The Curious Case of the Politician and the Dominatrix. Conspiracy or Responsible Journalism?

April 15, 2016, 1:04 PM UTC

So where do you stand in the latest Great Political Sex Scandal? Assuming, that is, you think it is a scandal and it’s not just something that’s been whipped up by the Press.

It’s true that it has received a great deal of coverage, but the way in which the story has emerged is highly unusual and there’s no doubt that it raises some interesting questions about the way the media have behaved. 

First the basic details. John Whittingdale is a 56 year-old Conservative politician and a member of the Cabinet as Secretary of State for Culture.  Almost three years ago he began a relationship with a woman he met on a dating website. The relationship lasted for six months. Mr Whittingdale ended it when he learned that the woman was a prostitute who specialised in playing the role of dominatrix.  At this point in the saga it is important to note that Mr Whittingdale was not a cabinet minister at the time, though he was the chairman of the important Culture Media and Sport committee.

Ending the affair would, he must have hoped, been the end of it. Far from it.   Details began to circulate on the internet and four newspapers, who had been investigating claims about the relationship, were faced with a decision: to print or not print. The papers are The Sunday People, the Mail on Sunday, The Sun and The Independent. This is where it becomes really interesting. All four decided not to pint the story and then, even more surprisingly perhaps, the organisation Hacked Off weighed in. 

Hacked Off was set up to campaign for tougher regulation of the Press and has built its reputation over the years by inveighing against the media – the tabloid newspapers especially -  for printing stories about the lives of famous people. So you might have expected it to insist this tale of the unfortunate politician remain under wraps. Instead it did exactly the opposite. It attacked the papers for suppressing the story and suggested there was some sort of conspiracy involved.  The Labour leadership backed the Hacked Off position. The BBC did report the story and the whole thing exploded.

So here we have the newspapers, which you might have expected to relish such a spicy tale involving a very senior politician, robustly defending his right to privacy while their opponents did precisely the opposite.  As one former editor told us on the Today programme, Alice had gone clear through the looking glass. So why?

The papers’ argument is that Mr Whittingdale was not in the cabinet at the time of his lapse in judgement and nor was he a married man.  Therefore it simply wasn’t much of a story and there was no case to make for publication on the grounds of national interest. Mr Whittingdale made no attempt to deny it. He said in a statement: “This is an old story which was a bit embarrassing at the time”.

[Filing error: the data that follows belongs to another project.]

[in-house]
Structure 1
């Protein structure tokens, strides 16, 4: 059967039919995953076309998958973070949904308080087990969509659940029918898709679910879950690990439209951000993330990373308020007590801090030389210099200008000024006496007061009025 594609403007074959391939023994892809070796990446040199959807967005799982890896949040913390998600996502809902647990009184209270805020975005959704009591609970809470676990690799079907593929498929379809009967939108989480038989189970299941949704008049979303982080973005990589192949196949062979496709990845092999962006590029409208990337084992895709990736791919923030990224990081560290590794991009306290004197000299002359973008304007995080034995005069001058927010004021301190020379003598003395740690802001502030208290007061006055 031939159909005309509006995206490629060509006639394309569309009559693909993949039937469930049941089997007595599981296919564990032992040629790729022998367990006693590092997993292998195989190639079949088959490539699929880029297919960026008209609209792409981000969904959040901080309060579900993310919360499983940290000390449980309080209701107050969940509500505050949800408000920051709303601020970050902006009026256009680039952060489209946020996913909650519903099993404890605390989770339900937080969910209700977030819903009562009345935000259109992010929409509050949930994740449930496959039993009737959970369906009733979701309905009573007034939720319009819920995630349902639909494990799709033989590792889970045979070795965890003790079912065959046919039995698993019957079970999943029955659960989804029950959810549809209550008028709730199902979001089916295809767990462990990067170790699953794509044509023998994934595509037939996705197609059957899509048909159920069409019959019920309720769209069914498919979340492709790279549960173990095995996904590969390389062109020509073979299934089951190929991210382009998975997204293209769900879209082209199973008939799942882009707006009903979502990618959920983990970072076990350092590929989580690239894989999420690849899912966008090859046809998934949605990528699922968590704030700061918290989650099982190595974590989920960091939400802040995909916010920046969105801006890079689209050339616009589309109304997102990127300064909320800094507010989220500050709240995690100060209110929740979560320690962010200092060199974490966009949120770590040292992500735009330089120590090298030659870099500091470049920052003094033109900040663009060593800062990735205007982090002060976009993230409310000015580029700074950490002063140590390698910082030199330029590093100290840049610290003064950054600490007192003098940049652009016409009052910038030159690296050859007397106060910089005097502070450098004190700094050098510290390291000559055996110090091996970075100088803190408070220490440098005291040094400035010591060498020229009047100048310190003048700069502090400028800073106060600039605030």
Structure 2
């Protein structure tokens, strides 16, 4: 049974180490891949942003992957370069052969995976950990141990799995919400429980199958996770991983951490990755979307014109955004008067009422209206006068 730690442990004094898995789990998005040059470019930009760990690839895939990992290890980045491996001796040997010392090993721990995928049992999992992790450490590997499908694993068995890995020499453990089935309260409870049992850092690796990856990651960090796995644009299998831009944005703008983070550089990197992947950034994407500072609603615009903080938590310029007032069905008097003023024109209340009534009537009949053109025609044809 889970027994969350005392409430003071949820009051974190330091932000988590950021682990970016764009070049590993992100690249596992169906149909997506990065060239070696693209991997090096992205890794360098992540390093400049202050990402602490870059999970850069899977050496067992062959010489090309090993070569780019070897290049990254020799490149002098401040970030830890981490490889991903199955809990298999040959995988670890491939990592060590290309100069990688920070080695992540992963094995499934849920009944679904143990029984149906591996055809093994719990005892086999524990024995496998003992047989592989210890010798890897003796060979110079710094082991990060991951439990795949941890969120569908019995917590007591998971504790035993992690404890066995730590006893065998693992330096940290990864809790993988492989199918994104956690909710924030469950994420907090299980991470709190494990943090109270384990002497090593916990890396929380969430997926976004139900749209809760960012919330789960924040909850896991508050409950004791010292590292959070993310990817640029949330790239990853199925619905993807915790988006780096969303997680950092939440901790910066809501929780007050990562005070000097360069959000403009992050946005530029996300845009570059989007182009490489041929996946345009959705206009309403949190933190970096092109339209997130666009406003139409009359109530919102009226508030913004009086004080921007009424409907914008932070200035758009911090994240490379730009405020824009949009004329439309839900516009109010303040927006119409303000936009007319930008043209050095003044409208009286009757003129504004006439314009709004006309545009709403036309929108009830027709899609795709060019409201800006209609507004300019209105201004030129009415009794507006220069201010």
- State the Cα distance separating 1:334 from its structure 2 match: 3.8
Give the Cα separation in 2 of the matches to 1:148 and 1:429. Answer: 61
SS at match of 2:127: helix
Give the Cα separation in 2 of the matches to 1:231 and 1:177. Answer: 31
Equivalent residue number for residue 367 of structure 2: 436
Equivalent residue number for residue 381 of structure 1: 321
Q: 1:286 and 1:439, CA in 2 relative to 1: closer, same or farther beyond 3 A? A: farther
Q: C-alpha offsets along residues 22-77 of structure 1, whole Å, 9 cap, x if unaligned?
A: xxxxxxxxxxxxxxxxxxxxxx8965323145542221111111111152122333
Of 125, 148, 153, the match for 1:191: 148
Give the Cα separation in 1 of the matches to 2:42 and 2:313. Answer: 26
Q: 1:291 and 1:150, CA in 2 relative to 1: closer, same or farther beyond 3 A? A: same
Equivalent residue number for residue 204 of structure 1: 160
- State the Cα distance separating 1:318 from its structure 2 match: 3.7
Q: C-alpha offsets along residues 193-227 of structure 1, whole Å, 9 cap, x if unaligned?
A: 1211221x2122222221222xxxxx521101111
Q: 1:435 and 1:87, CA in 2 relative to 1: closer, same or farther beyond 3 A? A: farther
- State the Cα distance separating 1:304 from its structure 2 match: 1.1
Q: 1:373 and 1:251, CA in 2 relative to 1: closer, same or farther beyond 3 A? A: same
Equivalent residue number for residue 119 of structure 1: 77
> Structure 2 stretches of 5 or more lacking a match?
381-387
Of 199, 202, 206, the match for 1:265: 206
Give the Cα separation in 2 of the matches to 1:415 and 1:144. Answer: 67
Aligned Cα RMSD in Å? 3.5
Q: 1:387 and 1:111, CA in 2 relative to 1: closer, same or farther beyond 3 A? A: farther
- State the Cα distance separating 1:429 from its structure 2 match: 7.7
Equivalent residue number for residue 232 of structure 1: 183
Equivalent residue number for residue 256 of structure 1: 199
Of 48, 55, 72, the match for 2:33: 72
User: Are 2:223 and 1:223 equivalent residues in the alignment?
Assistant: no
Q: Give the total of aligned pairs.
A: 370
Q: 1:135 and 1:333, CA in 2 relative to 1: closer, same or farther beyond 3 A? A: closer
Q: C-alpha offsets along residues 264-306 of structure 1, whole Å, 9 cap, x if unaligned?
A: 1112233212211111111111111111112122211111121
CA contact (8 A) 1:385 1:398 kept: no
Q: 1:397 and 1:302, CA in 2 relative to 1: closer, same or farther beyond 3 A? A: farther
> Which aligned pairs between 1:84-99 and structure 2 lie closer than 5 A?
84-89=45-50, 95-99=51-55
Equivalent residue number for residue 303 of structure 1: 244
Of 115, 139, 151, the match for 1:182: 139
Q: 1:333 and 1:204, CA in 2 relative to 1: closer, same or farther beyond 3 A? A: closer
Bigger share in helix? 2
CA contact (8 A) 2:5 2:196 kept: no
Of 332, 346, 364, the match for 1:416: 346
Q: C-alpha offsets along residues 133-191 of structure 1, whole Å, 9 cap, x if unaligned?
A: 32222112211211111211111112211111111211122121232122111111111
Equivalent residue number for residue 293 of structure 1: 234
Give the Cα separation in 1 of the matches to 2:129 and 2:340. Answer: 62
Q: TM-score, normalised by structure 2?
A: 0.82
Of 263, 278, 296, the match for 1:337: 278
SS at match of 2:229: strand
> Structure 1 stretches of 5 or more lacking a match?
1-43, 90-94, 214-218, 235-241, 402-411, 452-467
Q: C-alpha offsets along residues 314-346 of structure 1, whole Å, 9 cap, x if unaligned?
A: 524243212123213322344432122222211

Hacked Off accused the papers of having a vested interested of their own. They claimed that the papers did not want to make  an enemy of Mr Whittingdale because, as culture secretary, he has huge influence when it comes to deciding what extra measures (if any) should be taken to increase Press regulation. Brian Cathcart, a professor of journalism and one of the founders of Hacked off, went further. He alleged that  Mr Whittingdale “had made three really important decisions reversing government policy which work entirely in favour of the Press.”

Other media commentators dismissed the conspiracy theory. They said the reluctance to publish was more a reflection of how the newspapers’ attitude to this sort of story had changed since the Leveson inquiry was set up five years ago to investigate the culture, practices and ethics of the  Press in the wake of the phone hacking scandal. The Times quoted a media lawyer, Amber Melville-Brown as saying: “Single man dates woman is not a tabloid story. Tory MP dates dominatrix is, but is it sufficiently in the public interest to expose private, sexual matters?” Steve Hewlett, who writes for The Guardian and presents The Media Show on the BBC said: “I just don’t see any evidence for this grand conspiracy.”

So where do you stand in all of this?  Do you take the view that the papers’ reluctance to print the story is proof that press regulation in the post-Leveson era is working and, if so, do you welcome it? Or do you accept the Hacked Off version of events that the four papers in question were protecting their own interests by ditching a story that they  would have run if it had been any other politician? 

In broader terms, what are your views on the behaviour of the media in general since the Leveson Report?  Have they got it about right or should they come under greater scrutiny?   It is widely believed that the government has dropped plans to  go ahead with “Leveson Part Two”, which was intended to be an investigation into criminal conduct in media organisations.  Sources have told The Times that there is limited appetite for yet another long, expensive inquiry but Labour wants it to happen and may well use the Whittingdale affair to press their case.  Do you think it should?

Let us know what you think.